For the defendant Goldman Sachs Asset Management International
Brick Court Chambers’ Mark Howard QC leading Stephen Midwinter of the same set, instructed by Linklaters partners Christa Band and Patrick Robinson
(1) Bancroft II GP Jersey Ltd and (2) Bancroft 2 LP v (1) Weil Gotshal & Manges and (2) Jozef Maly
When? 9 June 2014, 15 days
Where? Commercial Court
Private equity house Bancroft is suing Weil Gotshal & Manges in a professional negligence claim valued at €12m (£10m) in a case that will force a US firm to defend itself in a London court for the first time.
Bancroft claims that Weil’s partners and a Slovakian lawyer, Jozef Maly, failed to explain to Bancroft that it would not have voting control of the company despite paying €8m (£6.6m) for a 94 per cent stake in the company, Frost.
Bancroft also alleges that private equity partner Ken Schiff failed in his client duty by failing to coordinate with foreign counsel to translate and explain non-English acquisition documents and the resulting issues facing Bancroft.
The case involves complex causation and quantum arguments and also seeks to establish that lead transaction counsel in London, when acting in relation to foreign transactions, owe their clients a duty to coordinate with foreign lawyers to ensure that the transaction documents are fit for purpose.
For the claimants Bancroft II GP Jersey Ltd and Bancroft 2 LP
4 New Square’s Nicholas Davidson QC, leading and instructed by Humphries Kerstetter partner and solicitor-advocate Mark Humphries
For the first defendant Weil Gotshal & Manges
Hardwicke’s Nigel Jones QC leading Charles Raffin of the same set, instructed by Ashurst partner Edward Sparrow
For the second defendant Jozef Maly
Stevens & Bolton partner Andrew Quick. No counsel instructed as yet
National Grid Electricity Transmission plc v ABB Ltd & Ors
When? June 2014, 35-40 days
Where? Chancery Division, Mr Justice Roth
This is the second major cartel damages claim to reach full trial in London this year. National Grid is seeking damages of more than £360m from a group of companies that were involved in a cartel identified by the European Commission relating to Gas Insulated Switchgear (GIS). Those companies were fined €750m by the Commission.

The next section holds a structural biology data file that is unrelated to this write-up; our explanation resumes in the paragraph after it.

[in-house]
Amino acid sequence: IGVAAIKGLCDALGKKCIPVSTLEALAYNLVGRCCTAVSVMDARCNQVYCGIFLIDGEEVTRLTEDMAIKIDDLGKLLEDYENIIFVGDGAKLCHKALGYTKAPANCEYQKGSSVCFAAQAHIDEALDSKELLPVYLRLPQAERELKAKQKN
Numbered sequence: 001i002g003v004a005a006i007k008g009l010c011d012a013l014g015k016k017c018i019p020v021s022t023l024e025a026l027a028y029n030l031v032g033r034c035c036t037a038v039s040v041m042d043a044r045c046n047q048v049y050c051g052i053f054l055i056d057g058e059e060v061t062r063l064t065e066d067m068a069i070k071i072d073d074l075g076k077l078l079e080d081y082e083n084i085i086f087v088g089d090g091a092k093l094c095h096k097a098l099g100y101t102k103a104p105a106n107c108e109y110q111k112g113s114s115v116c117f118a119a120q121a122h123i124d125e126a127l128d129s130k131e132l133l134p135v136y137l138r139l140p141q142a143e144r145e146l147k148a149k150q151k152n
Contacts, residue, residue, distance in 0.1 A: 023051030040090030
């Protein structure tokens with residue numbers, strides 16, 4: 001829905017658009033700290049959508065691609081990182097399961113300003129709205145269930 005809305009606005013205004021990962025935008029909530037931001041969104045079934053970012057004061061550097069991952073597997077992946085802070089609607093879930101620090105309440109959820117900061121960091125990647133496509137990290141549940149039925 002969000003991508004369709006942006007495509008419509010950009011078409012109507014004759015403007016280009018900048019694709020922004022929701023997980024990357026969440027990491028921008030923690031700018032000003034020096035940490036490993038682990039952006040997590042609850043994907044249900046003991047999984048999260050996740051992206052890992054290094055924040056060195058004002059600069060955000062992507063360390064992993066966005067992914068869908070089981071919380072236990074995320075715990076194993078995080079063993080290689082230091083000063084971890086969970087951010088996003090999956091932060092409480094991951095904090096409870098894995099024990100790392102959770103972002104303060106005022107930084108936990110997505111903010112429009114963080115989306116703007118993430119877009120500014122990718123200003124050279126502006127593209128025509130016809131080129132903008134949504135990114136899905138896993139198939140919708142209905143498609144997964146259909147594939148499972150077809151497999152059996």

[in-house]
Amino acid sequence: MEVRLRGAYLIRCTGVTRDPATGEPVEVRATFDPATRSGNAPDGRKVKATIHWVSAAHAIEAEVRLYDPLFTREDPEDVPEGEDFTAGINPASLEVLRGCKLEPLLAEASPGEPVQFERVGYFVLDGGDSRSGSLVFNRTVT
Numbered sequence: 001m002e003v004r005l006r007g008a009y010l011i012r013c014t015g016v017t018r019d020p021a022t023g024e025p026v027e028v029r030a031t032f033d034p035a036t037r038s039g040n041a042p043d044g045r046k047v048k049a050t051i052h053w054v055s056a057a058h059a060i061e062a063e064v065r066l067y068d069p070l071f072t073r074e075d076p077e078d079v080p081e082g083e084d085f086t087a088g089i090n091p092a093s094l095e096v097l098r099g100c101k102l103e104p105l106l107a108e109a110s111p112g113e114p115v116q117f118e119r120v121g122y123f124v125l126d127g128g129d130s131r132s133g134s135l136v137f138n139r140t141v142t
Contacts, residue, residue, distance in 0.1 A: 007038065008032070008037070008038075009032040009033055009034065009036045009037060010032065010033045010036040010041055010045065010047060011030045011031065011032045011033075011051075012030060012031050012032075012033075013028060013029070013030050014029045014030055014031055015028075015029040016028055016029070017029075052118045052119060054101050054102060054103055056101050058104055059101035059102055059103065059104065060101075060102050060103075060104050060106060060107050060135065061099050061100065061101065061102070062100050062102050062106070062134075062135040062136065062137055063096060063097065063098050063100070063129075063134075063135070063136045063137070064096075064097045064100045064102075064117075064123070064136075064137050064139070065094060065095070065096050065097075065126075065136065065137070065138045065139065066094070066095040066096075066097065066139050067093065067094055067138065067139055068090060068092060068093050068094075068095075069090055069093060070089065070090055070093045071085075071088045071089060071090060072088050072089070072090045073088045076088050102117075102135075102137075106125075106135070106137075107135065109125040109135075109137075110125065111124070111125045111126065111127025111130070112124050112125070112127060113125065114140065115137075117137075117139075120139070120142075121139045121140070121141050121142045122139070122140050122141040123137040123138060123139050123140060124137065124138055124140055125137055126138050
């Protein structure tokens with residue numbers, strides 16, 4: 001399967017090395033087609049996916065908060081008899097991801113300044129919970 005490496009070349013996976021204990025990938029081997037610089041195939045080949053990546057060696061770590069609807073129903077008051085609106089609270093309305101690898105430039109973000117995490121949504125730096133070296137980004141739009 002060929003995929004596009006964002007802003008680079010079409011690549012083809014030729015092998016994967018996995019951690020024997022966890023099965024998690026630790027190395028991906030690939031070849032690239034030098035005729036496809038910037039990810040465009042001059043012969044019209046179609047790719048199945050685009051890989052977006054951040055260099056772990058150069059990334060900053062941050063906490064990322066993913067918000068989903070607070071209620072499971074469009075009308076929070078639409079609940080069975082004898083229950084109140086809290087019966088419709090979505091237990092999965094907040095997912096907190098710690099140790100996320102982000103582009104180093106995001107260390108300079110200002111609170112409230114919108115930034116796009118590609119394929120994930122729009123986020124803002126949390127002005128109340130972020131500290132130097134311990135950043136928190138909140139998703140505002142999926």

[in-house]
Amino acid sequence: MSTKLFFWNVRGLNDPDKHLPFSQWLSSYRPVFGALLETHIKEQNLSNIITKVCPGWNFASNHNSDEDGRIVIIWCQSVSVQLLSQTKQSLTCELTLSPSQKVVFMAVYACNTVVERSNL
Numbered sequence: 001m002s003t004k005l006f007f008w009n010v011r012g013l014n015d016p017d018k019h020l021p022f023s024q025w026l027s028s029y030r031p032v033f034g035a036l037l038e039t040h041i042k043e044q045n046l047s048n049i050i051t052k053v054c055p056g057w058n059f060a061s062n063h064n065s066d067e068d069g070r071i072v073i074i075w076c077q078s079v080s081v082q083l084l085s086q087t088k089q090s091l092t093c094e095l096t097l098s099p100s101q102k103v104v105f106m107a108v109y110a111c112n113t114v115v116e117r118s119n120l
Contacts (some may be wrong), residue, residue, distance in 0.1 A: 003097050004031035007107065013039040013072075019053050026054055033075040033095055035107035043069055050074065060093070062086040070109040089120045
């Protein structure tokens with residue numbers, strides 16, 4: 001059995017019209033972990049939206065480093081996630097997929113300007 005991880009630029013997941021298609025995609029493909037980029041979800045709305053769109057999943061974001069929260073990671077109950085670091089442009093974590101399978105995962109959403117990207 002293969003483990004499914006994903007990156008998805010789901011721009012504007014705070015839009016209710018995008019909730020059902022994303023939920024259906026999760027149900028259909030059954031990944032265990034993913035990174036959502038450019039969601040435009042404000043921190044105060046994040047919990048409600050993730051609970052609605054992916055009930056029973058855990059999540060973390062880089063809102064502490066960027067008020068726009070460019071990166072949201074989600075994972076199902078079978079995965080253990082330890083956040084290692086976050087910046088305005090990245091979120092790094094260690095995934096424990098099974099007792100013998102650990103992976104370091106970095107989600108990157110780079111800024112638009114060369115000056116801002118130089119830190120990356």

The court will be asked to decide a number of precedent-setting issues, including how to calculate cartel ‘overcharges’ in antitrust damages claims.
Antitrust damages litigation has been in the spotlight both at European and UK level for some time. This case will examine both the UK draft Consumer Rights Bill and the EU’s draft directive on private actions that aims to encourage private damages claims in competition cases, for example by introducing class action regimes.
Against this backdrop, the milestone of the first cartel damages claim to reach full trial in England will be significant.
For the claimant National Grid Electricity Transmission plc
For the defendant ABB
Brick Court Chambers’ Mark Hoskins QC leading Brick Court Sarah Ford, instructed by Freshfields Bruckhaus Deringer partners Jon Lawrence and Mark Sansom
For the defendant Alstom
For the defendant Siemens
Brick Court Chambers’ Mark Brealey QC leading Marie Demetriou QC and Richard Eschwege instructed by Clifford Chance partners Liz Morony and Luke Tolaini
(1) Robert Tchenguiz (2) R20 Ltd (3) Rawlinson & Hunter Trustees SA. (4) Vincent Tchenguiz (5) Vincos Ltd (6) Euro Investments Overseas Inc (7) Amora Investments Ltd v The Director of the Serious Fraud Office
When? October 2014, 50 days
Where? Commercial Court, Judge TBC
This £300m claim brought by the Tchenguiz brothers, Robert and Vincent, against the Serious Fraud Office (SFO) has spiralled into a mammoth disclosure exercise expected to cost the agency up to £1.2m. The brothers and their companies are seeking damages for trespass, wrongful arrest, human rights breaches, misfeasance in public office and malicious prosecution after their arrest in March 2011.
The Tchenguiz brothers were arrested in connection with the collapse of the Icelandic bank Kaupthing. The arrest was later declared unlawful by a senior UK judge.
The claim for misfeasance in a public office challenges the legality of the initiation of criminal proceedings, the obtaining and execution of warrants, the arrests, the retention of material seized by the SFO and the continuation of the investigation of Vincent Tchenguiz.
For the claimant (3) Rawlinson & Hunter Trustees (4) Vincent Tchenguiz (5) Vincos
Ltd (6) Euro Investments Overseas Inc (7) Amora Investments Ltd
Fountain Court’s Bankim Thanki QC leading Rosalind Phelps, James Duffy and Chris Langley, all of the same set, instructed by Stephenson Harwood partner Sean Jeffrey
For the claimant (1) Robert Tchenguiz (2) R20 Ltd
Essex Court Chambers’ Joe Smouha QC and Alex Bailin QC of Matrix leading Essex Court Chambers’ Anton Dudnikov and Matrix Chambers’ Alison Macdonald instructed by Shearman & Sterling partner Josanne Rickard
For the defendant the Serious Fraud Office